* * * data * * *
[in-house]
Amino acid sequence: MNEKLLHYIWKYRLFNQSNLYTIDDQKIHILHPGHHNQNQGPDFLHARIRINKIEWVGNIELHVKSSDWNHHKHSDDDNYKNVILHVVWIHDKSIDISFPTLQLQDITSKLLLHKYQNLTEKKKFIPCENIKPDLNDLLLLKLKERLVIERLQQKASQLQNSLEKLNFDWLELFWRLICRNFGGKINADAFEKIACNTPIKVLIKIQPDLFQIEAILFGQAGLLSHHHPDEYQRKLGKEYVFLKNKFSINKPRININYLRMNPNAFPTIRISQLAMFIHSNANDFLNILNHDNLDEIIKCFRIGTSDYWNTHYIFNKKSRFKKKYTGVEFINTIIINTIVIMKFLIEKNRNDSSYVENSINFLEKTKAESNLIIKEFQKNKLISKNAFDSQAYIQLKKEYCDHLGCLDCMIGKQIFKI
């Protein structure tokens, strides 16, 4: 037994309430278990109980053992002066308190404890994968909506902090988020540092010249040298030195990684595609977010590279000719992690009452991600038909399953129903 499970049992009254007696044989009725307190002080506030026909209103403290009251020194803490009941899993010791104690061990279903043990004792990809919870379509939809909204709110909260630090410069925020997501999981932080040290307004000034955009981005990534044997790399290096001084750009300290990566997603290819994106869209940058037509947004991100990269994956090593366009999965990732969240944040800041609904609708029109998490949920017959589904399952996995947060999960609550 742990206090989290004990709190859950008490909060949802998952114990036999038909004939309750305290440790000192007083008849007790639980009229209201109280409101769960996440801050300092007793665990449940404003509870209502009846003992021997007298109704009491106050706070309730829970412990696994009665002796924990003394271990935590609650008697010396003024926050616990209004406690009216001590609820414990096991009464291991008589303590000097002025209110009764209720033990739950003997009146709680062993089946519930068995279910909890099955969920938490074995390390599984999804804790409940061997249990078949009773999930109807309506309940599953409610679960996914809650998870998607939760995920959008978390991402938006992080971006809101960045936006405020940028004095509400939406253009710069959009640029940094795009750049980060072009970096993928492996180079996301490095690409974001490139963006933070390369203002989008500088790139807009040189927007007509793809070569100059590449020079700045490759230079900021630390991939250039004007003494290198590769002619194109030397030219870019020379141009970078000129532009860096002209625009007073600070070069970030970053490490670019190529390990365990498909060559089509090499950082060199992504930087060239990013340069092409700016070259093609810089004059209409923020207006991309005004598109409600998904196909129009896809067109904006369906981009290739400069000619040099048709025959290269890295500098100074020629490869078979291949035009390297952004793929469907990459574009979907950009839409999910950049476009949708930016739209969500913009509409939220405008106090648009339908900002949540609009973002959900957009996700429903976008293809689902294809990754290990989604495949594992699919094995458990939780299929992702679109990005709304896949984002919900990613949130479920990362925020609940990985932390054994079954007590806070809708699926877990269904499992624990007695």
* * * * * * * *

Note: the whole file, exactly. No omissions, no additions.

[in-house]
Amino acid sequence: MNEKLLHYIWKYRLFNQSNLYTIDDQKIHILHPGHHNQNQGPDFLHARIRINKIEWVGNIELHVKSSDWNHHKHSDDDNYKNVILHVVWIHDKSIDISFPTLQLQDITSKLLLHKYQNLTEKKKFIPCENIKPDLNDLLLLKLKERLVIERLQQKASQLQNSLEKLNFDWLELFWRLICRNFGGKINADAFEKIACNTPIKVLIKIQPDLFQIEAILFGQAGLLSHHHPDEYQRKLGKEYVFLKNKFSINKPRININYLRMNPNAFPTIRISQLAMFIHSNANDFLNILNHDNLDEIIKCFRIGTSDYWNTHYIFNKKSRFKKKYTGVEFINTIIINTIVIMKFLIEKNRNDSSYVENSINFLEKTKAESNLIIKEFQKNKLISKNAFDSQAYIQLKKEYCDHLGCLDCMIGKQIFKI
């Protein structure tokens, strides 16, 4: 037994309430278990109980053992002066308190404890994968909506902090988020540092010249040298030195990684595609977010590279000719992690009452991600038909399953129903 499970049992009254007696044989009725307190002080506030026909209103403290009251020194803490009941899993010791104690061990279903043990004792990809919870379509939809909204709110909260630090410069925020997501999981932080040290307004000034955009981005990534044997790399290096001084750009300290990566997603290819994106869209940058037509947004991100990269994956090593366009999965990732969240944040800041609904609708029109998490949920017959589904399952996995947060999960609550 742990206090989290004990709190859950008490909060949802998952114990036999038909004939309750305290440790000192007083008849007790639980009229209201109280409101769960996440801050300092007793665990449940404003509870209502009846003992021997007298109704009491106050706070309730829970412990696994009665002796924990003394271990935590609650008697010396003024926050616990209004406690009216001590609820414990096991009464291991008589303590000097002025209110009764209720033990739950003997009146709680062993089946519930068995279910909890099955969920938490074995390390599984999804804790409940061997249990078949009773999930109807309506309940599953409610679960996914809650998870998607939760995920959008978390991402938006992080971006809101960045936006405020940028004095509400939406253009710069959009640029940094795009750049980060072009970096993928492996180079996301490095690409974001490139963006933070390369203002989008500088790139807009040189927007007509793809070569100059590449020079700045490759230079900021630390991939250039004007003494290198590769002619194109030397030219870019020379141009970078000129532009860096002209625009007073600070070069970030970053490490670019190529390990365990498909060559089509090499950082060199992504930087060239990013340069092409700016070259093609810089004059209409923020207006991309005004598109409600998904196909129009896809067109904006369906981009290739400069000619040099048709025959290269890295500098100074020629490869078979291949035009390297952004793929469907990459574009979907950009839409999910950049476009949708930016739209969500913009509409939220405008106090648009339908900002949540609009973002959900957009996700429903976008293809689902294809990754290990989604495949594992699919094995458990939780299929992702679109990005709304896949984002919900990613949130479920990362925020609940990985932390054994079954007590806070809708699926877990269904499992624990007695």